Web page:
The recent Supreme Court decision NCAA vs Alston (June 2021) has heightened interest in the benefits and costs of participation in sports for student athletes. Anecdotes about the exploitation of student athletes were cited in the opinion. This paper uses panel data for two different cohorts that follow students from high school through college and into their post-school pursuits to examine the generality of these anecdotes. On average, student athletes’ benefit—often substantially so—in terms of graduation, post-collegiate employment, and earnings. Benefits in terms of social mobility for disadvantaged and minority students are substantial, contrary to the anecdotes in play in the media and in the courts.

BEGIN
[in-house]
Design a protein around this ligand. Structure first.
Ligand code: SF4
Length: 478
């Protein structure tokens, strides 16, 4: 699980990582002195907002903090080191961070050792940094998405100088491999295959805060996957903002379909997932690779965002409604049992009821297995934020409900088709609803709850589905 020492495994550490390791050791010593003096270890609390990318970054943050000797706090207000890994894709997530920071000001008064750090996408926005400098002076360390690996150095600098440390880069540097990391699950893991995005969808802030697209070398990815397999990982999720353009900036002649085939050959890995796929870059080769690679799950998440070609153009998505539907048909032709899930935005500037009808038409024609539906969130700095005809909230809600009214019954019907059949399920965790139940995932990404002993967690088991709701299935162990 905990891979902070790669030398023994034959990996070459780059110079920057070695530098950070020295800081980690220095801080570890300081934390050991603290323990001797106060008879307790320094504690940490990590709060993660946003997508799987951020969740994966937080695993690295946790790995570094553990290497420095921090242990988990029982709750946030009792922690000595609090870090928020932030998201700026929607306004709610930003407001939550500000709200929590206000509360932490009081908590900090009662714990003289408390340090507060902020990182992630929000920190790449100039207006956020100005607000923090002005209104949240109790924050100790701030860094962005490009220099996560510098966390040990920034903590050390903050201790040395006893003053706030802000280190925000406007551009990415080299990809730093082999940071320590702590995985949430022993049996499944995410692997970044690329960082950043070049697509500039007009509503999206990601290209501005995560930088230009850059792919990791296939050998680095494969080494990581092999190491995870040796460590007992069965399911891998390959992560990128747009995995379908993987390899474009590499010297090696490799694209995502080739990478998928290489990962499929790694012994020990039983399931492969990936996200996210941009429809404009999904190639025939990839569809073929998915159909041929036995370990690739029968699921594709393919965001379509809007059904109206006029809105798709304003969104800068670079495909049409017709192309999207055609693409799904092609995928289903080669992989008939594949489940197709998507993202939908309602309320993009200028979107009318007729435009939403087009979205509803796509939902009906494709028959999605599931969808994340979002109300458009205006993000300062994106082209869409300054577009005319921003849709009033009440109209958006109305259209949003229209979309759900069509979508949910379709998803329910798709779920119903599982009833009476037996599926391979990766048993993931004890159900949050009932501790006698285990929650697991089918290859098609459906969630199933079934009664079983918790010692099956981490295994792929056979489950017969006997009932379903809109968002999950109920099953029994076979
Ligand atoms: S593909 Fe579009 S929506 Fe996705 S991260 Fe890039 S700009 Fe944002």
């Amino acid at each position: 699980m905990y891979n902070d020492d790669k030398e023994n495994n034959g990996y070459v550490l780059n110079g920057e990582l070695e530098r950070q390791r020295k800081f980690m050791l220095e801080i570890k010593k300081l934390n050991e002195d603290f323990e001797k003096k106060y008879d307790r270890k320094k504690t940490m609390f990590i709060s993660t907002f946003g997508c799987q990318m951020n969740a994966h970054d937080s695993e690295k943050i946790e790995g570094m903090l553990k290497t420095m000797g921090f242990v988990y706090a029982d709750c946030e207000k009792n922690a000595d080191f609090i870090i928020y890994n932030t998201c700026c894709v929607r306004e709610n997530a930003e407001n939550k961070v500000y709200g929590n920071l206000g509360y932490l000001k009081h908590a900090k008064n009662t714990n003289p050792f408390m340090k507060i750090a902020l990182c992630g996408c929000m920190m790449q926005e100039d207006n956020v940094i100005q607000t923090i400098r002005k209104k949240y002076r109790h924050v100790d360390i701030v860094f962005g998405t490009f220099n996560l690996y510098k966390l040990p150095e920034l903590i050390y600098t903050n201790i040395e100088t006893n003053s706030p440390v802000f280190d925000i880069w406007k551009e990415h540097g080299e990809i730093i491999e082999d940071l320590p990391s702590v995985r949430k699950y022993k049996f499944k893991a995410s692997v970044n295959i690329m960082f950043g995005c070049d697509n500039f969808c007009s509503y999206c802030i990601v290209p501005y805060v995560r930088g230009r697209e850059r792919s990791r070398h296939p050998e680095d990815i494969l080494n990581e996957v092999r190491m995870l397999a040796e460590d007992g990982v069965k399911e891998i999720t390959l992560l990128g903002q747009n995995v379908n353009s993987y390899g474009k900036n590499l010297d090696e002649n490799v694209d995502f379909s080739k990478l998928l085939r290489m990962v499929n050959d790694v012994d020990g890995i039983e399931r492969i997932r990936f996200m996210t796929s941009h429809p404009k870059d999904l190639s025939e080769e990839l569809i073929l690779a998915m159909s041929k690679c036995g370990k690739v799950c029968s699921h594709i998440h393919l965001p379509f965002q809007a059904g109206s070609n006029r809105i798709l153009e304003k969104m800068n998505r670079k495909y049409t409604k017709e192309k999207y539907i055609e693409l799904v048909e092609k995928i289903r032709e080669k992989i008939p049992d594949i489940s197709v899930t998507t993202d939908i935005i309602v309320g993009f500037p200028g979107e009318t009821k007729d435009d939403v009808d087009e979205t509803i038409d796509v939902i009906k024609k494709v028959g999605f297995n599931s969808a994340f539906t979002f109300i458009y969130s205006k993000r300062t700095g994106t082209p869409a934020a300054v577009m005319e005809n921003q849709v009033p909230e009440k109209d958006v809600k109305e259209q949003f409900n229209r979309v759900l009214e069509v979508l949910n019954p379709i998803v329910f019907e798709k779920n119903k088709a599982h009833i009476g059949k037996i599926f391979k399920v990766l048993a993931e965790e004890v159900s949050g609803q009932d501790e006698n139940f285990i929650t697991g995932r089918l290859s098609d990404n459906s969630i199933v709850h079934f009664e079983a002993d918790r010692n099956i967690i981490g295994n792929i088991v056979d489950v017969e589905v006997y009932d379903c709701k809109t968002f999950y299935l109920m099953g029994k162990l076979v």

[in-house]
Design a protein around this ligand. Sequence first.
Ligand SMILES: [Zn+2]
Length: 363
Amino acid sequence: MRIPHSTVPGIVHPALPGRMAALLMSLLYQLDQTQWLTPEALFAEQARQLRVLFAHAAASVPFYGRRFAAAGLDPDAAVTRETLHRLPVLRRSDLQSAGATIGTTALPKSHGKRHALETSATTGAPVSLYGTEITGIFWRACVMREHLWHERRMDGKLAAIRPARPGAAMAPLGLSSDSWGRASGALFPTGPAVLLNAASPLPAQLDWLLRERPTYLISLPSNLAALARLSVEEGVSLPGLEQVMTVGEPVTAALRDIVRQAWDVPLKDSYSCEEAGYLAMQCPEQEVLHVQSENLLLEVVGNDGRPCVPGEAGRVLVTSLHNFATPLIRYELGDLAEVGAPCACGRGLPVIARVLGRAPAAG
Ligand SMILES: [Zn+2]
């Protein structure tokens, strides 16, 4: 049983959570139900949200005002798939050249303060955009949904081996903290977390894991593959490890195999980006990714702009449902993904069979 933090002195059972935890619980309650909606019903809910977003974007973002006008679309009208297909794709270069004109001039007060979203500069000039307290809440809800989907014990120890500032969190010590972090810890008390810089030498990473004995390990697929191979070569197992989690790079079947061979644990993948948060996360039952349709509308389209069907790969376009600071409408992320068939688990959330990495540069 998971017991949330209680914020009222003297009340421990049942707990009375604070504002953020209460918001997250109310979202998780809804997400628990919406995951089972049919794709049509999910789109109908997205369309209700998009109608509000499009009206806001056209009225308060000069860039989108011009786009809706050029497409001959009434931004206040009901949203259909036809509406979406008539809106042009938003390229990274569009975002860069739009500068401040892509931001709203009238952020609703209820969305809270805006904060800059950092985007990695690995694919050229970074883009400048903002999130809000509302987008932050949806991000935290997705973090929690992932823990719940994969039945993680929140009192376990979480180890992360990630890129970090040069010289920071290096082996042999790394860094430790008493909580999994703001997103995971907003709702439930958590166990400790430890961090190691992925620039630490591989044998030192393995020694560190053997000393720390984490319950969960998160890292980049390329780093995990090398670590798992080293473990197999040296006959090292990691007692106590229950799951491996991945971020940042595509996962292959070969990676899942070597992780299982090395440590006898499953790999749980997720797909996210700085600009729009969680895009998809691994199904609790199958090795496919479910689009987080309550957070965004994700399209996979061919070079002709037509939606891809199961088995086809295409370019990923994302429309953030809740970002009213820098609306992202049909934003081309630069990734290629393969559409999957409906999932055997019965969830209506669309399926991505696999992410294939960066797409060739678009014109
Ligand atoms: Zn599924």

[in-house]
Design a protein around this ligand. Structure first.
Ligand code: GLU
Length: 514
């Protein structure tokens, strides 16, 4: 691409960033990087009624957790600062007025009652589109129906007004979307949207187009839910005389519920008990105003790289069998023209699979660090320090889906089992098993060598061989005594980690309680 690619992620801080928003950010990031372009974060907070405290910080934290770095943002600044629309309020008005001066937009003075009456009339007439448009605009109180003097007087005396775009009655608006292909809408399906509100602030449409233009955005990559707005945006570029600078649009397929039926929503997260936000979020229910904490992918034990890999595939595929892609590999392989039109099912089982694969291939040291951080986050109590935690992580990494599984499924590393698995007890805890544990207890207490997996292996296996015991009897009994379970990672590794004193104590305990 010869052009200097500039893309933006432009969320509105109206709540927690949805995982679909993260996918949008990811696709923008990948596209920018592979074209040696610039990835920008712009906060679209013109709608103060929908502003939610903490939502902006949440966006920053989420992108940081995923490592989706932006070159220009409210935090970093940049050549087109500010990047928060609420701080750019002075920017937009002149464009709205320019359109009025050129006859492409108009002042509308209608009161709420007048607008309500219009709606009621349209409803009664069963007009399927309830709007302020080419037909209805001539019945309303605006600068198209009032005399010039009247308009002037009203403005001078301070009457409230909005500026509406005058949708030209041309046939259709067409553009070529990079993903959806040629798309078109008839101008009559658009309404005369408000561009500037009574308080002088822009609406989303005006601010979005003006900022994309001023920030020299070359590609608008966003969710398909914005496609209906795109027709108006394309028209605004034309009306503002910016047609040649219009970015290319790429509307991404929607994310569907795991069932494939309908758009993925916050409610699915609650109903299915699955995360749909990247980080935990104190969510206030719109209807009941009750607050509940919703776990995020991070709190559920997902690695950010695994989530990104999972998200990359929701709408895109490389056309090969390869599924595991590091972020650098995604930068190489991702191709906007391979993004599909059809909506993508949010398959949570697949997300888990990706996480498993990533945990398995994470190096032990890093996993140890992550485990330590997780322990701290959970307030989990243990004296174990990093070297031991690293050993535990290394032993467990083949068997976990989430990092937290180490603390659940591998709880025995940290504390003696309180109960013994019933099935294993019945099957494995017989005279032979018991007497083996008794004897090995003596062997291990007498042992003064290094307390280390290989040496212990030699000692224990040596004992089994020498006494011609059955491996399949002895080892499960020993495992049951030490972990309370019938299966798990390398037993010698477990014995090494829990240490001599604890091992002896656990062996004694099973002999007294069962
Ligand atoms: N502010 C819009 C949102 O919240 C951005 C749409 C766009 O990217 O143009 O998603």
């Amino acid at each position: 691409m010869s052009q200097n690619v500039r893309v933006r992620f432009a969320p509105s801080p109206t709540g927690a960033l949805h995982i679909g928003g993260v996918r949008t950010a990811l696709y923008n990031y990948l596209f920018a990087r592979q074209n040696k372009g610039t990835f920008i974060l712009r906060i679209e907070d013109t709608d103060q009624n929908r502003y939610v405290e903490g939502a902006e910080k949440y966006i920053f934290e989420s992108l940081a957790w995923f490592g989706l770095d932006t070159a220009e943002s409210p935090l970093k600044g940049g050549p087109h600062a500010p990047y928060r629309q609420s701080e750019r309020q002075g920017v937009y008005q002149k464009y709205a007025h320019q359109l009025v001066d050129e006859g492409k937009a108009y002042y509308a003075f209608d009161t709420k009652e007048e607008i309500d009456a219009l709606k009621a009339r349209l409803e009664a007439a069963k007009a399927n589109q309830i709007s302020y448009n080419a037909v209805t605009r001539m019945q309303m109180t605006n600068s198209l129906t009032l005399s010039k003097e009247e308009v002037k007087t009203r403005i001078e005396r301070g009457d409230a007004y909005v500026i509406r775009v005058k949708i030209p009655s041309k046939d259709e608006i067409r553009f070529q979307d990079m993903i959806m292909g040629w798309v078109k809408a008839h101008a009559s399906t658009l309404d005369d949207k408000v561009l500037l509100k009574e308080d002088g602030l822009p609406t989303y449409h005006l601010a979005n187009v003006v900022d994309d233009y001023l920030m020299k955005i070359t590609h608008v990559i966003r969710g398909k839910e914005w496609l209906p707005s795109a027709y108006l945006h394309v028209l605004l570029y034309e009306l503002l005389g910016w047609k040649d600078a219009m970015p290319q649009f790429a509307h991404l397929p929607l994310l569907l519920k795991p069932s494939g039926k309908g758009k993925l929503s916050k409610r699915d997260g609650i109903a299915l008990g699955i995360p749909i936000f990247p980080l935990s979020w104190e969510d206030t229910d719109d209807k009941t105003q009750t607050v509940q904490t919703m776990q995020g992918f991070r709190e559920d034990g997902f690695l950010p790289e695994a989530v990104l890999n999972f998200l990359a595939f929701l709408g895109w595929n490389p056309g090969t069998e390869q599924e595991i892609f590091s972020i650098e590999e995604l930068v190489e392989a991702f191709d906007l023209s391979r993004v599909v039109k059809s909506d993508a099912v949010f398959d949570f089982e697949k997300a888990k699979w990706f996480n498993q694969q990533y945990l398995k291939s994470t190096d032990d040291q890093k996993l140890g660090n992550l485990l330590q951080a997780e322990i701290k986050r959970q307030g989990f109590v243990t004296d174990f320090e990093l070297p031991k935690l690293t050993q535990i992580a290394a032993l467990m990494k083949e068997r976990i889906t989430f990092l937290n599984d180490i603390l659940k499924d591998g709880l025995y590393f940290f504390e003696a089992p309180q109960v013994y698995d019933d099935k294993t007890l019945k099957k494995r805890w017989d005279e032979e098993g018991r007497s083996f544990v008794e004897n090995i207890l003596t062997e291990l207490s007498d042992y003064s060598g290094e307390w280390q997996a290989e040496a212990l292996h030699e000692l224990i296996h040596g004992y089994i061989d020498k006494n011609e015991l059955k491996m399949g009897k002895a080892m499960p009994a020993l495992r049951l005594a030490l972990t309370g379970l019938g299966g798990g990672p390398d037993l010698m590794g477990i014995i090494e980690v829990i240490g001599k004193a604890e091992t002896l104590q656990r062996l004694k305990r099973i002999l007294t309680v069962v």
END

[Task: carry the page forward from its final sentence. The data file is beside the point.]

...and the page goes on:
Here is more from James J. Heckman and Colleen P. Loughlin. Maybe ten year olds are wasting too much time trying to be the next Lebron James rather than doing their homework, but at higher levels this does not seem to be the case.